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25 Hilarious Truths About Life and Love We Can Learn From Woody Allen Movies

25 Hilarious Truths About Life and Love We Can Learn From Woody Allen Movies

After talking with almost everyone close to me in my life, I can without a doubt say that the majority all hate Woody Allen.  My mom hates him. My roommates think he’s a pervert.  My dog even barks when he sees him on the television screen!

I was just kidding about that last part.  I don’t own a dog, but if I did, I’m sure he’d hate him too.

However, even with all his scandals and quirks, there’s something about Woody Allen that makes him strangely charming; and for me, that’s his writing.  In fact, one of my favorite quotes, which happens to be #20 on this list, is from a Woody Allen movie.  He has a particular way of conveying truths about human nature through humor that’s unparalleled by any other satirical screenwriter, and that’s saying something.

So despite all the negativity surrounding him, I believe we can all learn something and relate in some way to the characters he’s created in his films.

After all, he’s led a long and highly interesting life.  I’d be surprised if he didn’t have any life experiences to impart to his audiences.

Here are 25 hilarious life truths about life and love we can learn from Woody Allen’s films:

 

1. We all come from different walks of life.

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Antz

    “Let’s be real about this. Bala and I… Bala is a princess, and I’m a soil relocation engineer” – Z, from Antz

    2.) And we all have our differences.

    “Exercising changed my life”

    “I prefer to atrophy.” – Lillian House and Larry Lipton, from Manhattan Murder Mystery

    3.) But we’re similar in the fact that sometimes we feel insecure in ourselves.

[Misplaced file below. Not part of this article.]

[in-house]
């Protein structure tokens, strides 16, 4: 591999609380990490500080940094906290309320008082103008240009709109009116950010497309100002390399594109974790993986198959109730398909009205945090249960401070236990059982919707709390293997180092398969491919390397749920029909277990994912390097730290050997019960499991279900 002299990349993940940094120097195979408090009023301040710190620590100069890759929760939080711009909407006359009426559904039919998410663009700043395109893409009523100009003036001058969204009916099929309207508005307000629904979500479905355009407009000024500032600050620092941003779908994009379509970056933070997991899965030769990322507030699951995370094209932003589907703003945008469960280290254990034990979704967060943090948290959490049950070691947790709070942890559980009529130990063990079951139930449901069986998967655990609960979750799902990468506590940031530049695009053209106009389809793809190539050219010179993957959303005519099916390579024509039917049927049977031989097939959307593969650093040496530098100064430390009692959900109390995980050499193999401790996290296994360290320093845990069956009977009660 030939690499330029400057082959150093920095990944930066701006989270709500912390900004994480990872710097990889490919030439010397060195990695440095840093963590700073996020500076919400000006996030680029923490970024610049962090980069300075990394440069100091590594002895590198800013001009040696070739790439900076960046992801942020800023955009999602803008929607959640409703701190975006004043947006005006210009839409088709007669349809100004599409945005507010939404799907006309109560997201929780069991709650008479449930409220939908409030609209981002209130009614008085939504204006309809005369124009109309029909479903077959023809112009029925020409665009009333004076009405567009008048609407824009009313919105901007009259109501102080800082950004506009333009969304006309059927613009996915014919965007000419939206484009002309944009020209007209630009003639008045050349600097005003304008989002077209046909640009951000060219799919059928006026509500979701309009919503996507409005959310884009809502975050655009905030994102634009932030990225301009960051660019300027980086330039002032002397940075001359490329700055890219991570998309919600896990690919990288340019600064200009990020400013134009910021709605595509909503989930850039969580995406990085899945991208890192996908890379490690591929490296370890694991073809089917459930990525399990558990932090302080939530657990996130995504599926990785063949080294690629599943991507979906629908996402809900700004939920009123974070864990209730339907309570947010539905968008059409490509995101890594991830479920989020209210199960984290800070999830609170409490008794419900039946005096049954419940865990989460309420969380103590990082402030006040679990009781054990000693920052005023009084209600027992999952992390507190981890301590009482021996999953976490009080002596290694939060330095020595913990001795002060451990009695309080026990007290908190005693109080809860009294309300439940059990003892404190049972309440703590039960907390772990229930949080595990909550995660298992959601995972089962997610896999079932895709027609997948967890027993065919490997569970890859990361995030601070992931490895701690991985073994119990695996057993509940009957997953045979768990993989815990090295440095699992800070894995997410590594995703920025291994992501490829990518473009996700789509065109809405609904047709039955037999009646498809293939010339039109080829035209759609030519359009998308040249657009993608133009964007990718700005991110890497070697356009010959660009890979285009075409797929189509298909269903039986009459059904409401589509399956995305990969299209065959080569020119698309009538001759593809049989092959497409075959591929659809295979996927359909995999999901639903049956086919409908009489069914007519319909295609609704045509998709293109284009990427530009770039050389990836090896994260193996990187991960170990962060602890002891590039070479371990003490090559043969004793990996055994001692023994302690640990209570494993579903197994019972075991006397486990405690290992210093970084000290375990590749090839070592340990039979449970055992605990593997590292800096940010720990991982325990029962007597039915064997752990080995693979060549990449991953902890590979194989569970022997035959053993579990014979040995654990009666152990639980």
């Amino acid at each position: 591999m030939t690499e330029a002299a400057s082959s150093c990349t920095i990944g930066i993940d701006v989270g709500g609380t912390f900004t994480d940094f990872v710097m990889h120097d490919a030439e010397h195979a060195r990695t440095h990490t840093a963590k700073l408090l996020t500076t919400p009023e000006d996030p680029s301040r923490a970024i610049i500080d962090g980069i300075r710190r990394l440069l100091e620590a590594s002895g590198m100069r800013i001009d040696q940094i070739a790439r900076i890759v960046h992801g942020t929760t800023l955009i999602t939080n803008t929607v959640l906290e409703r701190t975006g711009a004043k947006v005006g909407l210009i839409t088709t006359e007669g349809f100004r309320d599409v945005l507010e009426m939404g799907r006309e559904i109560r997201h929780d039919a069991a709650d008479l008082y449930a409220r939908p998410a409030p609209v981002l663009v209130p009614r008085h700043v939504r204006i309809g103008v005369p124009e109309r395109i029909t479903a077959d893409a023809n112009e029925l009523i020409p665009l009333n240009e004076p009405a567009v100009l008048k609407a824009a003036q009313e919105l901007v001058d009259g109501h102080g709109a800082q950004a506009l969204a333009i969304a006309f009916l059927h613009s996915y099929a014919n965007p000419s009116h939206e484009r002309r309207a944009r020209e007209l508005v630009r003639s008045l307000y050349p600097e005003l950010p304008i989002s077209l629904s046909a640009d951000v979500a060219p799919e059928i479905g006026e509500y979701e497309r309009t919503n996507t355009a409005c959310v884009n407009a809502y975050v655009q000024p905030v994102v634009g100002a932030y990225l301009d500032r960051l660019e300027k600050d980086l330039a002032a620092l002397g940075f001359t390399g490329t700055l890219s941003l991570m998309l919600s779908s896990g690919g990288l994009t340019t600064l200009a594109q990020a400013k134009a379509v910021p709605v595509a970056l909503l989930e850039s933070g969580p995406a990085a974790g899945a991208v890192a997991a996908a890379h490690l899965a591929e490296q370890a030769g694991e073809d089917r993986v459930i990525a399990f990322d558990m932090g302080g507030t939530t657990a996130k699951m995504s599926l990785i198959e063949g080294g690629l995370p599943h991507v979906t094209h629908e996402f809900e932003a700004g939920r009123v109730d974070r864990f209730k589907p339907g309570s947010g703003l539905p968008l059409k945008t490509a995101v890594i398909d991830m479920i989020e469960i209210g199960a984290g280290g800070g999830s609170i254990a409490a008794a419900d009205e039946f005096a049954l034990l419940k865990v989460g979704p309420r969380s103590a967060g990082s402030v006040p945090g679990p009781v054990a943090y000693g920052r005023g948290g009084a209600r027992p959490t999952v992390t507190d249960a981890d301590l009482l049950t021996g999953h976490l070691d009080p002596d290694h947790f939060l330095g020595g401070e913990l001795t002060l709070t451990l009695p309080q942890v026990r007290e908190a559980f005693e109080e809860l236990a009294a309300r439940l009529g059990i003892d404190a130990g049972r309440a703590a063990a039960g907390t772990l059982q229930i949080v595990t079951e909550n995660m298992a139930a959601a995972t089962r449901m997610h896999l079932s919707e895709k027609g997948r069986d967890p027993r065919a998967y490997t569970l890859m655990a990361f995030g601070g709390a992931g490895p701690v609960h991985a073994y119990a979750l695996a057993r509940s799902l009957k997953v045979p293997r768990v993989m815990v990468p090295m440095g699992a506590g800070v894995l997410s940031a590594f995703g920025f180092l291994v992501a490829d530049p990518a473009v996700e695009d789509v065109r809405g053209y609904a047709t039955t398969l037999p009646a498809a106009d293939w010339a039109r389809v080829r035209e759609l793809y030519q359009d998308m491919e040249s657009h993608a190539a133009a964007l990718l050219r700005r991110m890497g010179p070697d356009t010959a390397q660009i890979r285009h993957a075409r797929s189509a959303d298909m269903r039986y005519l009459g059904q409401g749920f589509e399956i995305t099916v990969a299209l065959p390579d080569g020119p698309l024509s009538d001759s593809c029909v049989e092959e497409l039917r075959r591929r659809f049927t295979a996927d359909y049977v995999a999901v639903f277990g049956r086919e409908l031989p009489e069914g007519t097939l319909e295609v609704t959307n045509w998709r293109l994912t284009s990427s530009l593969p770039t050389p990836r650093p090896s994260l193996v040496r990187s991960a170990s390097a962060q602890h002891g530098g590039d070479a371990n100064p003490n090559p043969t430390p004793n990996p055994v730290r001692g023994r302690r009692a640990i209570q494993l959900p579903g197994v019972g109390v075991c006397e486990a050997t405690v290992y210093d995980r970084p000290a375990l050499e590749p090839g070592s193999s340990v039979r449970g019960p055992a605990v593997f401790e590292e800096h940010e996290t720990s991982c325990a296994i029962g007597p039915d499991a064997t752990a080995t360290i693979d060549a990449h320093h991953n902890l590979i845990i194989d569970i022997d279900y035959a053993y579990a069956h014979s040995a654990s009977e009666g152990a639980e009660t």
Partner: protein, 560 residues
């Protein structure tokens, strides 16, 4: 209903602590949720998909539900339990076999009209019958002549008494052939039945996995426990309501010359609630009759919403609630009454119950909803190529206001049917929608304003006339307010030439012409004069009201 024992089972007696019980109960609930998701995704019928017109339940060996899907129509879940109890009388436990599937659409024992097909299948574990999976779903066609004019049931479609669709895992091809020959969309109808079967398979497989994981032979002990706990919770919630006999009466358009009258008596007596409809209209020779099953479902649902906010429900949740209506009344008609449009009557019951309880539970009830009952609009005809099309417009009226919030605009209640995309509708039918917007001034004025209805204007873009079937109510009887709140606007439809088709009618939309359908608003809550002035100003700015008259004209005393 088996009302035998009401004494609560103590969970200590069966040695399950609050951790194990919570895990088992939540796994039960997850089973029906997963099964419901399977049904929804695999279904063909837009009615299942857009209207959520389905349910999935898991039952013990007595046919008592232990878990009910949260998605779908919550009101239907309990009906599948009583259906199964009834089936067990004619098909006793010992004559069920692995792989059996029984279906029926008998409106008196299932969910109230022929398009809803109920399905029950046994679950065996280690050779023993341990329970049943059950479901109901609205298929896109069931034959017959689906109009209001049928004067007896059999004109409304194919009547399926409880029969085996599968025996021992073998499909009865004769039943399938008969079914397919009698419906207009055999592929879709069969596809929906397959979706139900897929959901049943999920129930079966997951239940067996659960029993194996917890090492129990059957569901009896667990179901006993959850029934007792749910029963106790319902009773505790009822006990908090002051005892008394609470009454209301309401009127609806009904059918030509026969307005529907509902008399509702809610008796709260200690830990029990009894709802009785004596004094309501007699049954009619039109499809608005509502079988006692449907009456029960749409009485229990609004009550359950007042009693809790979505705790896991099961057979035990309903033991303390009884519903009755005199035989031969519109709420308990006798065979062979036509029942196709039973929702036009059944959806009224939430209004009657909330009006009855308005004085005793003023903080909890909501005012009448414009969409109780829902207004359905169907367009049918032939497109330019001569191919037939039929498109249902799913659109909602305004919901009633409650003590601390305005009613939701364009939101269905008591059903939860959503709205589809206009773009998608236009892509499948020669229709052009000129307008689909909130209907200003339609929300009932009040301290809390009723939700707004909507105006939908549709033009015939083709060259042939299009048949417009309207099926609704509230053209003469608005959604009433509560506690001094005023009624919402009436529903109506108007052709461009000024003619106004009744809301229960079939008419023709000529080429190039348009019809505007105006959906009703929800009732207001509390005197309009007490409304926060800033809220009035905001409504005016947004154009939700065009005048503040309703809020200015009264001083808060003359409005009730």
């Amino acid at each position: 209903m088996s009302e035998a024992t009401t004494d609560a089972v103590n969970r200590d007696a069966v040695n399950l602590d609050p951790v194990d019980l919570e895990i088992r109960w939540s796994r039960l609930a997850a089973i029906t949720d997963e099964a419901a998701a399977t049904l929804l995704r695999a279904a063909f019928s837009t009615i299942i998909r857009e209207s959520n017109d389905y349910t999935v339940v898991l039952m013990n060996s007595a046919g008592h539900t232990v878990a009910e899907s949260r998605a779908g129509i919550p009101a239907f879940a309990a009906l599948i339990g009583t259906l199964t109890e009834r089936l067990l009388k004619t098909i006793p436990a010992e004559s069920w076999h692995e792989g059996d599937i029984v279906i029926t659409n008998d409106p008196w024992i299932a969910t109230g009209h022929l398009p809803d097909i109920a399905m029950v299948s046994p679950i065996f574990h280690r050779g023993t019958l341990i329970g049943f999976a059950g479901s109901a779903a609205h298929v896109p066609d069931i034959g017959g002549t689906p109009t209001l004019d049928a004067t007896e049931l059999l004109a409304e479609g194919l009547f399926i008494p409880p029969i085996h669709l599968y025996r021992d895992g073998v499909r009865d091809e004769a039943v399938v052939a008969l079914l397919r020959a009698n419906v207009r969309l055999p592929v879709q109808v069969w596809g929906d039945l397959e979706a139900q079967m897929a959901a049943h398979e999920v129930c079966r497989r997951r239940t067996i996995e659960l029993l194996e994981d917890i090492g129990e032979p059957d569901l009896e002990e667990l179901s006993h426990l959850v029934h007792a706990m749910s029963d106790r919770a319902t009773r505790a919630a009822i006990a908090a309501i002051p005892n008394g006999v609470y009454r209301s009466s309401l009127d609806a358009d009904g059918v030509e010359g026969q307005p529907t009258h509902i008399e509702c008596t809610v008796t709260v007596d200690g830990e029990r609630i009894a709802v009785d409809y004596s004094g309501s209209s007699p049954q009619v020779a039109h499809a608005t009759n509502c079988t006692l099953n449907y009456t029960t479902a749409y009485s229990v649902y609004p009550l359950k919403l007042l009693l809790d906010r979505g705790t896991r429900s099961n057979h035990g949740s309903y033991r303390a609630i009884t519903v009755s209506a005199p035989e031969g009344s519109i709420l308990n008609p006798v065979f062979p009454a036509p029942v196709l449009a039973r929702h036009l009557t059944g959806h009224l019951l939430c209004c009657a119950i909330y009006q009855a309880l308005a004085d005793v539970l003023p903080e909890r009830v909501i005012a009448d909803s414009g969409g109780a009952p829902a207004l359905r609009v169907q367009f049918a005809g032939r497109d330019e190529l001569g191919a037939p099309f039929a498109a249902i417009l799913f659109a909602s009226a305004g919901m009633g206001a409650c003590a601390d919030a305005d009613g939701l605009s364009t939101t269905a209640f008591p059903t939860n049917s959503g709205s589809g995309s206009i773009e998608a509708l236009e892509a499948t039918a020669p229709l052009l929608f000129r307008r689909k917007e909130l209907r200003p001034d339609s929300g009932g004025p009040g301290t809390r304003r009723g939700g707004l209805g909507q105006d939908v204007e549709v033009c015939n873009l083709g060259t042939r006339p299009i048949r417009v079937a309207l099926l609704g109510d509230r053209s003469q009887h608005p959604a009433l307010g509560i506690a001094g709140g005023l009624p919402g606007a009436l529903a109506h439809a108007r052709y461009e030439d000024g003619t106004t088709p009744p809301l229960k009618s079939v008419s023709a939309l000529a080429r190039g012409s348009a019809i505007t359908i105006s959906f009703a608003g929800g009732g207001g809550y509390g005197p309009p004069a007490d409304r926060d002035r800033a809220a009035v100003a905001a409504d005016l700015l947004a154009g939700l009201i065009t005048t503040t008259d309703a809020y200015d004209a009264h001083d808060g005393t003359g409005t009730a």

“You can’t learn to be real. It’s like learning to be a midget.” – Gil Shepherd, from The Purple Rose of Cairo

    4.) There will be times when we doubt ourselves completely.

    “I don’t know what the hell I’m doing here. I’m 237 years old, I should be collecting social security.” – Miles Monroe, from Sleeper

    5.) As well as our authority figures.

    AnnieHall_024Pyxurz

       

      “Sun is bad for you. Everything our parents said was good is bad. Sun, milk, red meat… college.” – Alvy Singer, from Annie Hall

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      6.) But eventually we come to realize: if we can’t be honest with ourselves, who can we be honest with?

      “I had a great evening; it was like the Nuremberg Trials.” – Mickey, from Hannah and Her Sisters

      7.) Once we learn to embrace who we are, we can learn to embrace others.

      “For me, love is very deep, sex only has to go a few inches.” – Rita, from Bullets Over Broadway

      8.) It all starts with having our priorities in check.

      “Who do you have to sleep with around here to get a Stoli martini with a twist of lemon?” – Jasmine, from Blue Jasmine

      9.) And realizing there is no absolute truth in this world.

      “Science is an intellectual dead end, you know? It’s a lot of little guys in tweed suits cutting up frogs on foundation grants.” – Miles Monroe, from Sleeper

      10.) So why worry? After all, taking risks is what makes life interesting.

       

      Purple09

        “It’s so impulsive, but… I’ll come. Why not? What’s life without a little risk taking? Who knows?” – Tom Baxter, from The Purple Rose of Cairo

        11.) Because if we keep reflecting on the past, we’re always going to worry about what could have been instead of what can be.

        “He is always very depressed. I think that if he’d been a successful criminal, he would have felt better. You know, he never made the ‘ten most wanted’ list. It’s very unfair voting; it’s who you know.” – Louise, from Take the Money and Run

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        12.) But what can be may not always turn out the way you planned.

        “If you want a happy ending, you should go see a Hollywood movie.” – Judah Rosenthal, from Crimes and Misdemeanors